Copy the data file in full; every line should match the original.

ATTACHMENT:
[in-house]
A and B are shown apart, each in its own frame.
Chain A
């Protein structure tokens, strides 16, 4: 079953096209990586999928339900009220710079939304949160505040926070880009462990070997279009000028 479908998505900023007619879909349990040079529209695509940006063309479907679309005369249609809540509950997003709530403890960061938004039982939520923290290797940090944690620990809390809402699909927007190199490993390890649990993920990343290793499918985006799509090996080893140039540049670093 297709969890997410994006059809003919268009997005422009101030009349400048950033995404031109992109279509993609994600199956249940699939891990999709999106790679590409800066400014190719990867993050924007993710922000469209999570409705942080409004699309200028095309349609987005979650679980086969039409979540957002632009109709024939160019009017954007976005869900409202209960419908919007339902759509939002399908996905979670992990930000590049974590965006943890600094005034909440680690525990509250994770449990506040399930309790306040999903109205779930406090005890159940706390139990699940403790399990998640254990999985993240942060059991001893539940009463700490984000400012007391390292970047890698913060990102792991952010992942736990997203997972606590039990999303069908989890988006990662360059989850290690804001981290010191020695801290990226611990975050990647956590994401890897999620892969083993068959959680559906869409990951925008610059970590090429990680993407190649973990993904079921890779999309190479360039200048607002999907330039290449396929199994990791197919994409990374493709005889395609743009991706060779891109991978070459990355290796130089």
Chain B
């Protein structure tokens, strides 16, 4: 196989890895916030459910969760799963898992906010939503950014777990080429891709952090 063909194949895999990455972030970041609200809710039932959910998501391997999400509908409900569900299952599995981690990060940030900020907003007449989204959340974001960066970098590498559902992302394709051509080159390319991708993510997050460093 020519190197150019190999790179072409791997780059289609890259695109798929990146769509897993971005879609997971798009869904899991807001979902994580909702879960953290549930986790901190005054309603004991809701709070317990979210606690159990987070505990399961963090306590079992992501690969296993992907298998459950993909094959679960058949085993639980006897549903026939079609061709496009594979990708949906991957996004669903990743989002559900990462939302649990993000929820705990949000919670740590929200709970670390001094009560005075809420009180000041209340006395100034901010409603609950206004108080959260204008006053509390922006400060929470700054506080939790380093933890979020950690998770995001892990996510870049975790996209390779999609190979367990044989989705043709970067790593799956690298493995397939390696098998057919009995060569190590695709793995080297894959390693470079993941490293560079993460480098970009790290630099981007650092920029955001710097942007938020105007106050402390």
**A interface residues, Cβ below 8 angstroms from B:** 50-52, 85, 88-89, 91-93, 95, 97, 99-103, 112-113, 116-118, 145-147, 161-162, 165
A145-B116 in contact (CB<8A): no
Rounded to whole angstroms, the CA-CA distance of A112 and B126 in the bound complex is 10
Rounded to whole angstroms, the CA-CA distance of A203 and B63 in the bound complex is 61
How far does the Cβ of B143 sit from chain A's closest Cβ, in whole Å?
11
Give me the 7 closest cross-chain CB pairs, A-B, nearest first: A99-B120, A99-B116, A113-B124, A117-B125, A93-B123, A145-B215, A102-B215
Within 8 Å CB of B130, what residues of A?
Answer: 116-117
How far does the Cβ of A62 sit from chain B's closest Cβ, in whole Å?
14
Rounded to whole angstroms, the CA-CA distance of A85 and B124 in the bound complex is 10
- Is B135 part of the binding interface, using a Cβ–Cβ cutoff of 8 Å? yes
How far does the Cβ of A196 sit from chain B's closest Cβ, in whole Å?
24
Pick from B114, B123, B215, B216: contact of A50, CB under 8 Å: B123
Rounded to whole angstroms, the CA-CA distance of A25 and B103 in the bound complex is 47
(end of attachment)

[in-house]
A and B are shown apart, each in its own frame.
Chain A
């Protein structure tokens, strides 16, 4: 079953096209990586999928339900009220710079939304949160505040926070880009462990070997279009000028 479908998505900023007619879909349990040079529209695509940006063309479907679309005369249609809540509950997003709530403890960061938004039982939520923290290797940090944690620990809390809402699909927007190199490993390890649990993920990343290793499918985006799509090996080893140039540049670093 297709969890997410994006059809003919268009997005422009101030009349400048950033995404031109992109279509993609994600199956249940699939891990999709999106790679590409800066400014190719990867993050924007993710922000469209999570409705942080409004699309200028095309349609987005979650679980086969039409979540957002632009109709024939160019009017954007976005869900409202209960419908919007339902759509939002399908996905979670992990930000590049974590965006943890600094005034909440680690525990509250994770449990506040399930309790306040999903109205779930406090005890159940706390139990699940403790399990998640254990999985993240942060059991001893539940009463700490984000400012007391390292970047890698913060990102792991952010992942736990997203997972606590039990999303069908989890988006990662360059989850290690804001981290010191020695801290990226611990975050990647956590994401890897999620892969083993068959959680559906869409990951925008610059970590090429990680993407190649973990993904079921890779999309190479360039200048607002999907330039290449396929199994990791197919994409990374493709005889395609743009991706060779891109991978070459990355290796130089």
Chain B
């Protein structure tokens, strides 16, 4: 196989890895916030459910969760799963898992906010939503950014777990080429891709952090 063909194949895999990455972030970041609200809710039932959910998501391997999400509908409900569900299952599995981690990060940030900020907003007449989204959340974001960066970098590498559902992302394709051509080159390319991708993510997050460093 020519190197150019190999790179072409791997780059289609890259695109798929990146769509897993971005879609997971798009869904899991807001979902994580909702879960953290549930986790901190005054309603004991809701709070317990979210606690159990987070505990399961963090306590079992992501690969296993992907298998459950993909094959679960058949085993639980006897549903026939079609061709496009594979990708949906991957996004669903990743989002559900990462939302649990993000929820705990949000919670740590929200709970670390001094009560005075809420009180000041209340006395100034901010409603609950206004108080959260204008006053509390922006400060929470700054506080939790380093933890979020950690998770995001892990996510870049975790996209390779999609190979367990044989989705043709970067790593799956690298493995397939390696098998057919009995060569190590695709793995080297894959390693470079993941490293560079993460480098970009790290630099981007650092920029955001710097942007938020105007106050402390």
**A interface residues, Cβ below 8 angstroms from B:** 50-52, 85, 88-89, 91-93, 95, 97, 99-103, 112-113, 116-118, 145-147, 161-162, 165
A145-B116 in contact (CB<8A): no
Rounded to whole angstroms, the CA-CA distance of A112 and B126 in the bound complex is 10
Rounded to whole angstroms, the CA-CA distance of A203 and B63 in the bound complex is 61
How far does the Cβ of B143 sit from chain A's closest Cβ, in whole Å?
11
Give me the 7 closest cross-chain CB pairs, A-B, nearest first: A99-B120, A99-B116, A113-B124, A117-B125, A93-B123, A145-B215, A102-B215
Within 8 Å CB of B130, what residues of A?
Answer: 116-117
How far does the Cβ of A62 sit from chain B's closest Cβ, in whole Å?
14
Rounded to whole angstroms, the CA-CA distance of A85 and B124 in the bound complex is 10
- Is B135 part of the binding interface, using a Cβ–Cβ cutoff of 8 Å? yes
How far does the Cβ of A196 sit from chain B's closest Cβ, in whole Å?
24
Pick from B114, B123, B215, B216: contact of A50, CB under 8 Å: B123
Rounded to whole angstroms, the CA-CA distance of A25 and B103 in the bound complex is 47